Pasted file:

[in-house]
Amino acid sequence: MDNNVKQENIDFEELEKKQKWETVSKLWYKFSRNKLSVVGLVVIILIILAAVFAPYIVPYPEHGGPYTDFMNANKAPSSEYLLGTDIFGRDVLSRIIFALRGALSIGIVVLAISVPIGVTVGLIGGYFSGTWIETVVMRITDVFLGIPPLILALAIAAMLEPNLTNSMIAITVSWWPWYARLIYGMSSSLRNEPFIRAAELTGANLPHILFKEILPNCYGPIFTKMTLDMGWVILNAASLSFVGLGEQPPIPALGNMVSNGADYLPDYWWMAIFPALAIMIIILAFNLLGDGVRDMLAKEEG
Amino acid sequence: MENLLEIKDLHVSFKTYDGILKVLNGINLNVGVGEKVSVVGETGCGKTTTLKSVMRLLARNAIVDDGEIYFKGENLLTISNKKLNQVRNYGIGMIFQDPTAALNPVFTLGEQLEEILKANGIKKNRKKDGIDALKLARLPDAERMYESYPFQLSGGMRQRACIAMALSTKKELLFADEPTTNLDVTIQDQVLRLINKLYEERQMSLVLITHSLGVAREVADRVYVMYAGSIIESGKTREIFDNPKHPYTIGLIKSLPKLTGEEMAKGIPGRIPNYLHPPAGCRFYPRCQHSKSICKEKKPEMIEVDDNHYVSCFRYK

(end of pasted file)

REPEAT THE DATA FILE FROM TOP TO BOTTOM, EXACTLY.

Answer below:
[in-house]
Amino acid sequence: MDNNVKQENIDFEELEKKQKWETVSKLWYKFSRNKLSVVGLVVIILIILAAVFAPYIVPYPEHGGPYTDFMNANKAPSSEYLLGTDIFGRDVLSRIIFALRGALSIGIVVLAISVPIGVTVGLIGGYFSGTWIETVVMRITDVFLGIPPLILALAIAAMLEPNLTNSMIAITVSWWPWYARLIYGMSSSLRNEPFIRAAELTGANLPHILFKEILPNCYGPIFTKMTLDMGWVILNAASLSFVGLGEQPPIPALGNMVSNGADYLPDYWWMAIFPALAIMIIILAFNLLGDGVRDMLAKEEG
Amino acid sequence: MENLLEIKDLHVSFKTYDGILKVLNGINLNVGVGEKVSVVGETGCGKTTTLKSVMRLLARNAIVDDGEIYFKGENLLTISNKKLNQVRNYGIGMIFQDPTAALNPVFTLGEQLEEILKANGIKKNRKKDGIDALKLARLPDAERMYESYPFQLSGGMRQRACIAMALSTKKELLFADEPTTNLDVTIQDQVLRLINKLYEERQMSLVLITHSLGVAREVADRVYVMYAGSIIESGKTREIFDNPKHPYTIGLIKSLPKLTGEEMAKGIPGRIPNYLHPPAGCRFYPRCQHSKSICKEKKPEMIEVDDNHYVSCFRYK